William v. Walker-Thomas Furniture Co.

William v. Walker-Thomas Furniture Co. - damages of equity...

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Williams v. Walker-Thomas Furniture Co. 350 F.2d 445 (1965) Fact: Operative Facts: William had purchased a few items from Walker through Walker’s program where Walker allowed installment payments for an item. However, if the owner defaults on the payment, then the item gets reposed. Walker had a clause in the contract which stated “all payments now and hereafter made by (purchaser) shall be credited pro rata on all outstanding leases, bills, and accounts due to the company” This clause allows one miss payment, and all the items become repossessed. Issue: Whether the courts need to enforce the contract, and if the contract is unconscionable Rule: A court does not need to enforce a contract if it is unconscionable, and may provide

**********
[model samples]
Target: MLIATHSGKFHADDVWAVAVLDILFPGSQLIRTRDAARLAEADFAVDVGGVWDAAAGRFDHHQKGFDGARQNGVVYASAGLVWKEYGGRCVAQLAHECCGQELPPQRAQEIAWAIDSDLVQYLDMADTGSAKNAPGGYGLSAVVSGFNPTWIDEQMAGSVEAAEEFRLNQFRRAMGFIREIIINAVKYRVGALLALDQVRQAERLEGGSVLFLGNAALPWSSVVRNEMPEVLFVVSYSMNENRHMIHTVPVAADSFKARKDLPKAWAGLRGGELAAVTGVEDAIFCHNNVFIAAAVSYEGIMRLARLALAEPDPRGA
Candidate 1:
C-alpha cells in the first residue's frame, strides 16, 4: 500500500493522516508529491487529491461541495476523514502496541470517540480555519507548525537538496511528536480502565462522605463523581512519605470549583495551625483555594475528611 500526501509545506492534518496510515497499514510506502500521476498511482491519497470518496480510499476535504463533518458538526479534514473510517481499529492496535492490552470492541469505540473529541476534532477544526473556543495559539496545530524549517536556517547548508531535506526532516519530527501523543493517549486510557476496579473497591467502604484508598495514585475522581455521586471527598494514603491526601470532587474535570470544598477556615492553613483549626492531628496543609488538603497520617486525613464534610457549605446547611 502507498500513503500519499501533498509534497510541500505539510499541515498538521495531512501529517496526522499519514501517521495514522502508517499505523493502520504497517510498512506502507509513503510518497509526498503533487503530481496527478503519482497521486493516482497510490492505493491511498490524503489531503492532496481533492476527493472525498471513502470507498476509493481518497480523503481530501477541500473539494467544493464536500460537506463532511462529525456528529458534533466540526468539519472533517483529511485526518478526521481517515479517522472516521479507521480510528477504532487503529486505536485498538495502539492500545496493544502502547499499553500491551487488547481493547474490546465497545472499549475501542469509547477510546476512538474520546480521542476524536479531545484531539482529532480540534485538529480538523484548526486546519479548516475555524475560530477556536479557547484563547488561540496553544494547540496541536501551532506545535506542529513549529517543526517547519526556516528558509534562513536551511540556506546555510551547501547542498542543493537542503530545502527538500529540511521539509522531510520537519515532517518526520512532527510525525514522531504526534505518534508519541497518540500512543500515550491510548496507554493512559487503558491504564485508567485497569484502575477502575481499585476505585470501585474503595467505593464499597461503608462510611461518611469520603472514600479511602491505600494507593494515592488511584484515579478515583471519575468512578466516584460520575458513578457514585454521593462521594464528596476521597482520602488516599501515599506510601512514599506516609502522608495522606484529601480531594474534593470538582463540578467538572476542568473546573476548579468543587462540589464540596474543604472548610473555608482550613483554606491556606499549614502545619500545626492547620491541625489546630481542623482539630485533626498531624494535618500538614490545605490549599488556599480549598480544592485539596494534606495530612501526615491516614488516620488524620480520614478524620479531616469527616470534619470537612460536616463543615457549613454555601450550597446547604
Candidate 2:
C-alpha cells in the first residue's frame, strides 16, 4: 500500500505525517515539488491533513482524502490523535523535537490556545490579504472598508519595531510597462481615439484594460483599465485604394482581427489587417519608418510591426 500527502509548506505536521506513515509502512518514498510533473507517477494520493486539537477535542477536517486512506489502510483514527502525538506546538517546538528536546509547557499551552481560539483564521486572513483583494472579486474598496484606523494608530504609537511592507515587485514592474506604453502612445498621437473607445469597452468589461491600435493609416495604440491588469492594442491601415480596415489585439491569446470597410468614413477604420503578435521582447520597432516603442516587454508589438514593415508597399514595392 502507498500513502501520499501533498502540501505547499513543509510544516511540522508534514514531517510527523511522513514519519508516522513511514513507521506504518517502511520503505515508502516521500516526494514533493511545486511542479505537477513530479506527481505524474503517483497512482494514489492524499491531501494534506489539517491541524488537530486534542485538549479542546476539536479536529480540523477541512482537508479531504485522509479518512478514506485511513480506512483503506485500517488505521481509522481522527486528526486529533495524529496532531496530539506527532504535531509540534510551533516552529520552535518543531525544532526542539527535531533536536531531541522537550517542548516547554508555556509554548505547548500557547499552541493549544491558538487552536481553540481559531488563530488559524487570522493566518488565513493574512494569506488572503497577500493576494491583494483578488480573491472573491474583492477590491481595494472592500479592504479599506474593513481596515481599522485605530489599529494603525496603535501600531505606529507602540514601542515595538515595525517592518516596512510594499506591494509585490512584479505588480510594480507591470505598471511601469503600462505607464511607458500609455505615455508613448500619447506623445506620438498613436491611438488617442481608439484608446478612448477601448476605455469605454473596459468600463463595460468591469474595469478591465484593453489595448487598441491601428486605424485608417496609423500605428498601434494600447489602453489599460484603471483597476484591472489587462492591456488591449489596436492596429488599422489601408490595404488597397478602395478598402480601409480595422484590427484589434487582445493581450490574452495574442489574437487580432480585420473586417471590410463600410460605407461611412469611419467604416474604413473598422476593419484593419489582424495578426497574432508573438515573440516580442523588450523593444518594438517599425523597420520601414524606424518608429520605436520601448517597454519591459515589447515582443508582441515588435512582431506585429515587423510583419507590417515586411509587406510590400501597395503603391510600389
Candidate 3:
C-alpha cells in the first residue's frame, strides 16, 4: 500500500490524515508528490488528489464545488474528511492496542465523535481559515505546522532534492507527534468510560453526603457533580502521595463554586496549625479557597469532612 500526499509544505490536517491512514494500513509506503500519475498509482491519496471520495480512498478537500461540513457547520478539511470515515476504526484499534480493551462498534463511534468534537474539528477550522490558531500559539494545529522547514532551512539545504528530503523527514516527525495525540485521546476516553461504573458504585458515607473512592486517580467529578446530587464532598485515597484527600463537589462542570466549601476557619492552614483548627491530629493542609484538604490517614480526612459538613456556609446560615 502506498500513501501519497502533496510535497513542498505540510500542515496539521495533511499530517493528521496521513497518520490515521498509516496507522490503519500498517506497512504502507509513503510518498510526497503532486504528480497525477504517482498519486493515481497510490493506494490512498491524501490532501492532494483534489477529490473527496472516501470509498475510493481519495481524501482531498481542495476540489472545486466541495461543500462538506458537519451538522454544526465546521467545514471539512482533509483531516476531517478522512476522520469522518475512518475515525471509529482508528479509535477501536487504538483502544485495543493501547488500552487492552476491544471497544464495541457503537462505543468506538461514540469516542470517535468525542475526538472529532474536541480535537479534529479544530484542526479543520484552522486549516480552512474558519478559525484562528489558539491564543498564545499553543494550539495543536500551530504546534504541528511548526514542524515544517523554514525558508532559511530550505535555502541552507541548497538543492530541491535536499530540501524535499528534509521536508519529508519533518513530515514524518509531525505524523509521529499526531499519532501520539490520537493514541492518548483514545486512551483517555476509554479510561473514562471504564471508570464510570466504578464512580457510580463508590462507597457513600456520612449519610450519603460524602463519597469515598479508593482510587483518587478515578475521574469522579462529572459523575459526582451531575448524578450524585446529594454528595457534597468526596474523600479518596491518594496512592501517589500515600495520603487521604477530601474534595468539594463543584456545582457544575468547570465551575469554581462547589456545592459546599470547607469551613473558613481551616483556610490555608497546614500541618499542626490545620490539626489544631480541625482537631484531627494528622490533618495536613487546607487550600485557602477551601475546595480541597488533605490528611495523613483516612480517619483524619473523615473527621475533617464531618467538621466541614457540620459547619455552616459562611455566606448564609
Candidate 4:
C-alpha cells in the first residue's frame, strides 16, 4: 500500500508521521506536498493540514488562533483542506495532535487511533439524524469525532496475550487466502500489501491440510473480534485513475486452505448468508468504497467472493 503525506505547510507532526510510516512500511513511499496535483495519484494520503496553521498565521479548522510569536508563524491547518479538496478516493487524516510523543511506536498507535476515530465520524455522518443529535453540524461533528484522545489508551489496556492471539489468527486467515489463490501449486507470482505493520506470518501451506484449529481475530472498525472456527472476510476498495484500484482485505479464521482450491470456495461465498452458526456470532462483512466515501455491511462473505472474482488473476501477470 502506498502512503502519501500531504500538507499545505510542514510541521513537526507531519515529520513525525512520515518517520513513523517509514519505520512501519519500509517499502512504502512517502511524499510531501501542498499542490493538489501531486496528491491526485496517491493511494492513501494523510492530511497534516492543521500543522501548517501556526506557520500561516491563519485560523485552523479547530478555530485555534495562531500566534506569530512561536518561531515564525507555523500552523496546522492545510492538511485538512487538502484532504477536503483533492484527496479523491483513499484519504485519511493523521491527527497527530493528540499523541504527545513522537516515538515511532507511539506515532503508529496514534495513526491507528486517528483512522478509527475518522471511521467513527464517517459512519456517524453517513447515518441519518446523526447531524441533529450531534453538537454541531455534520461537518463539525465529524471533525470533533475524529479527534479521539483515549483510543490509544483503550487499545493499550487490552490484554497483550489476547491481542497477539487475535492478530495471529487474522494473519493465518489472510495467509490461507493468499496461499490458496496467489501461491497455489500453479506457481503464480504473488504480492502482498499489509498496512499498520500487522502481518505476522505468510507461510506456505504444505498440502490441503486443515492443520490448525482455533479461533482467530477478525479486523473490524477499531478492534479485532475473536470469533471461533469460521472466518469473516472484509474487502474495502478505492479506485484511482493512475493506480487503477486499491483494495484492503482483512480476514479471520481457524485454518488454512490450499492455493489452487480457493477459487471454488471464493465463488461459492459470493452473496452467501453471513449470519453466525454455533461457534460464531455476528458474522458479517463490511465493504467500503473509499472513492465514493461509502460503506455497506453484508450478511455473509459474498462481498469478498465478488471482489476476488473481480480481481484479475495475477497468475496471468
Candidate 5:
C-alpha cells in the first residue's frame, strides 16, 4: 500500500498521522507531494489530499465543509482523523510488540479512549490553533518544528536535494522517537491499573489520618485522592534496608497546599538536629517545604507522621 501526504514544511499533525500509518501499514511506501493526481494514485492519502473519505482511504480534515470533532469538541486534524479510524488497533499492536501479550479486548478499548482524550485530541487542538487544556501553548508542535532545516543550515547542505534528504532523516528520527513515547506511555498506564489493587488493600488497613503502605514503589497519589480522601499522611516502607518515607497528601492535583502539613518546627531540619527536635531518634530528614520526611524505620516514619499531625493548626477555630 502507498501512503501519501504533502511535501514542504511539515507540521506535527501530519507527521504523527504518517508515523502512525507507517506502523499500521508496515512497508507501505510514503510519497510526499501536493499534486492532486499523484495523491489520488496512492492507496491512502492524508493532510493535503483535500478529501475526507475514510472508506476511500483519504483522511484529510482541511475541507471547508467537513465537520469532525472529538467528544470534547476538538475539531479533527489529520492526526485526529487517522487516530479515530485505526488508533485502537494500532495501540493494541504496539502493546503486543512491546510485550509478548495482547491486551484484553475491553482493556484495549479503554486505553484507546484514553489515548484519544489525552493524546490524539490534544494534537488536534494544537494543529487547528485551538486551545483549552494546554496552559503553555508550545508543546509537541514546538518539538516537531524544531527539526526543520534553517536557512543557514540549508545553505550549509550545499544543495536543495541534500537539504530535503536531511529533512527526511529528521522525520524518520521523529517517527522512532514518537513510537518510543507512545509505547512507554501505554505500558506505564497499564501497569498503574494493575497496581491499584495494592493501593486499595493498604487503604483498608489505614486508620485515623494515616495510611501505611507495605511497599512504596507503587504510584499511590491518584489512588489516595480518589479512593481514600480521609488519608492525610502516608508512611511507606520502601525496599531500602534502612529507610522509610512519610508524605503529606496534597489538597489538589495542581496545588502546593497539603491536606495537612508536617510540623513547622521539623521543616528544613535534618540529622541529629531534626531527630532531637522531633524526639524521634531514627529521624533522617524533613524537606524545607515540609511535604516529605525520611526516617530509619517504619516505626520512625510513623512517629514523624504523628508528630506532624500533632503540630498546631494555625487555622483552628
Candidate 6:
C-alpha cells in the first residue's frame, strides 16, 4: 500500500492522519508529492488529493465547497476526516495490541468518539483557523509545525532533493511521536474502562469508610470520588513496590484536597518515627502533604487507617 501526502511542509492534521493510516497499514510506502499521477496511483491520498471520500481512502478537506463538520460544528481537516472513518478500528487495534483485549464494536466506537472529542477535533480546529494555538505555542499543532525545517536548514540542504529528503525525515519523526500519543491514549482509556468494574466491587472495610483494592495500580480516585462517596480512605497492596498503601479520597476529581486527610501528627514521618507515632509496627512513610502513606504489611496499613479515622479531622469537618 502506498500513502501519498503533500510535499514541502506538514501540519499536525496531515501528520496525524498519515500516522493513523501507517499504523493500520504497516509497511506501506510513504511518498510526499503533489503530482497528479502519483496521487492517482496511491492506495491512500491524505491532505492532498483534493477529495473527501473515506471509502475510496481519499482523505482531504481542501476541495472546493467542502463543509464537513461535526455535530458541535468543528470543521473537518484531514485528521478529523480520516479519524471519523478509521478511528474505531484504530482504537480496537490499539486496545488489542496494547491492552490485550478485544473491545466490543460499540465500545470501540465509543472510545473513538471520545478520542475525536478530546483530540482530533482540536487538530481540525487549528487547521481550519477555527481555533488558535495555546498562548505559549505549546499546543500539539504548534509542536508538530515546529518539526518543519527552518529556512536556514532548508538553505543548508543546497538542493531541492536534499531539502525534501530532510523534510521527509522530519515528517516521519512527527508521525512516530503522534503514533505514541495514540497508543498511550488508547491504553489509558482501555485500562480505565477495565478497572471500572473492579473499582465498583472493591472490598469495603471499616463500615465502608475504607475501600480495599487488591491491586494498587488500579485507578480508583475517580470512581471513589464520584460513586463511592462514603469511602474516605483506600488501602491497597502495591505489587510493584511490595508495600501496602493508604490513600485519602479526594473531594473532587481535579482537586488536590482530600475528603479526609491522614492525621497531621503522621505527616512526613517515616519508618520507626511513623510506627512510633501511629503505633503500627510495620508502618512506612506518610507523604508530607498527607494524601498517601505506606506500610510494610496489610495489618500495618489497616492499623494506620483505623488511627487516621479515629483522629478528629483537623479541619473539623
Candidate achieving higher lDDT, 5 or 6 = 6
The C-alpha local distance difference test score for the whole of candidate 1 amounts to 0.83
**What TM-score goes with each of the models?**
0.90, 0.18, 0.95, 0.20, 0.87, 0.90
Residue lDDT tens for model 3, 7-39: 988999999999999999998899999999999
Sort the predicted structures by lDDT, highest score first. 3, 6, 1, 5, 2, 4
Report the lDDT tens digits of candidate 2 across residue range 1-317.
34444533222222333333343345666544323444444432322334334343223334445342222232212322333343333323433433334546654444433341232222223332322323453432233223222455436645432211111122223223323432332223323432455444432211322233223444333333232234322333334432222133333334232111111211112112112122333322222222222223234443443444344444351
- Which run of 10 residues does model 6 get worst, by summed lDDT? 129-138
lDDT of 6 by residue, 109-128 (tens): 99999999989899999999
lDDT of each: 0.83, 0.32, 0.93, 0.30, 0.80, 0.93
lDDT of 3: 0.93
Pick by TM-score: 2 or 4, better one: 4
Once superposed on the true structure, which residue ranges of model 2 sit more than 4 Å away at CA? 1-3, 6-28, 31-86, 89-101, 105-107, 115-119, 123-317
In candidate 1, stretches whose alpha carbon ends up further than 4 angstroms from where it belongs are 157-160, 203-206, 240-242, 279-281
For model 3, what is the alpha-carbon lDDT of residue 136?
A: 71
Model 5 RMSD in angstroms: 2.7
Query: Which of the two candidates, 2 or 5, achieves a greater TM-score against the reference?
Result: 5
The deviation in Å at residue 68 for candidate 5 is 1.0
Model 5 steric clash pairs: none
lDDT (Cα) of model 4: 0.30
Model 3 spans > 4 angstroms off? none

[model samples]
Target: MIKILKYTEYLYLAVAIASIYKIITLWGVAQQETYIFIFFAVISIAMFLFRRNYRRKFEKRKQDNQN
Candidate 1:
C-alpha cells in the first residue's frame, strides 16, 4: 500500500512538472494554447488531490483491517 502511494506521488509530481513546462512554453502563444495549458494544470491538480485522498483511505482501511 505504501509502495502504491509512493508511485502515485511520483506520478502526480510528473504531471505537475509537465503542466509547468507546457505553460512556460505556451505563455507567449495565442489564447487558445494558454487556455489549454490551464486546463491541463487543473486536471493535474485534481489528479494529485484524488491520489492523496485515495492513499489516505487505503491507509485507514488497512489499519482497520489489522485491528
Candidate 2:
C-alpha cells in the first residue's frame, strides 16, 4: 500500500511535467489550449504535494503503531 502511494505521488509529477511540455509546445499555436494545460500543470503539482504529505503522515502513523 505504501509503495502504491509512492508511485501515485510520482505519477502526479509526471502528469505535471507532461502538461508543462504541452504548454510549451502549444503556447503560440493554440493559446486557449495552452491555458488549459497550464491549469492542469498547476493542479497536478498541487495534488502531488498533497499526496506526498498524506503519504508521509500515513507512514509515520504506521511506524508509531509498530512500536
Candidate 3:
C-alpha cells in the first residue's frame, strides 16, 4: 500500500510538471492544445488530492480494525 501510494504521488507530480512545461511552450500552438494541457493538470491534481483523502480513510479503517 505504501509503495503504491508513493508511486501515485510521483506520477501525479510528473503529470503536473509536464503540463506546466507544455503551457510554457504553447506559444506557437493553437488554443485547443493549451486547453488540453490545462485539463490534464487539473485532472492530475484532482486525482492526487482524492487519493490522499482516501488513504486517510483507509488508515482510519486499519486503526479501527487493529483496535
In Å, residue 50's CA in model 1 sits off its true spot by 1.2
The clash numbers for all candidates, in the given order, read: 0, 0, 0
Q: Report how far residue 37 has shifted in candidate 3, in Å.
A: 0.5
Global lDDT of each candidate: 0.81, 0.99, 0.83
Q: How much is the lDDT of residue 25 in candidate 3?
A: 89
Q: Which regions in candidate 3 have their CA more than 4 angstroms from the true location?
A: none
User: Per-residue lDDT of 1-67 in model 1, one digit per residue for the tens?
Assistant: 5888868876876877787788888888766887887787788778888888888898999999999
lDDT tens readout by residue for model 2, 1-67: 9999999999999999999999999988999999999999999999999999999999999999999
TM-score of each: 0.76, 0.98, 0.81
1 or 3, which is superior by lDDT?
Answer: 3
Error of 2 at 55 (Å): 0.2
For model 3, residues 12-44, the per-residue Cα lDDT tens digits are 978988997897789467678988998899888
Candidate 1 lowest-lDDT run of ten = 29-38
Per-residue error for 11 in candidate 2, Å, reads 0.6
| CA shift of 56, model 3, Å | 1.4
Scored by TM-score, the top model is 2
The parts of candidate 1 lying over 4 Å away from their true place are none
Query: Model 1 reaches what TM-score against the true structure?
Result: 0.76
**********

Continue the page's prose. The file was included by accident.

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Unformatted text preview: damages of equity instead of damages listed in the contract Rational: The courts stated that, to find whether or not the contract was unconscionable, they must look at all of the circumstances surrounding the transaction. But there is enough evidence for the trial court to look at whether or not there was an unconscionable. Holding: If a contract was made in a very one sided manner and the other party had little to no meaningfulness of choice, and it was a gross inequality of bargaining power, than there may be unconsionbility. Synthesis: Dissent/Concurrences:...
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This note was uploaded on 12/20/2011 for the course CONTRACTS 111 taught by Professor Dellinger during the Fall '11 term at Western State Colorado University .

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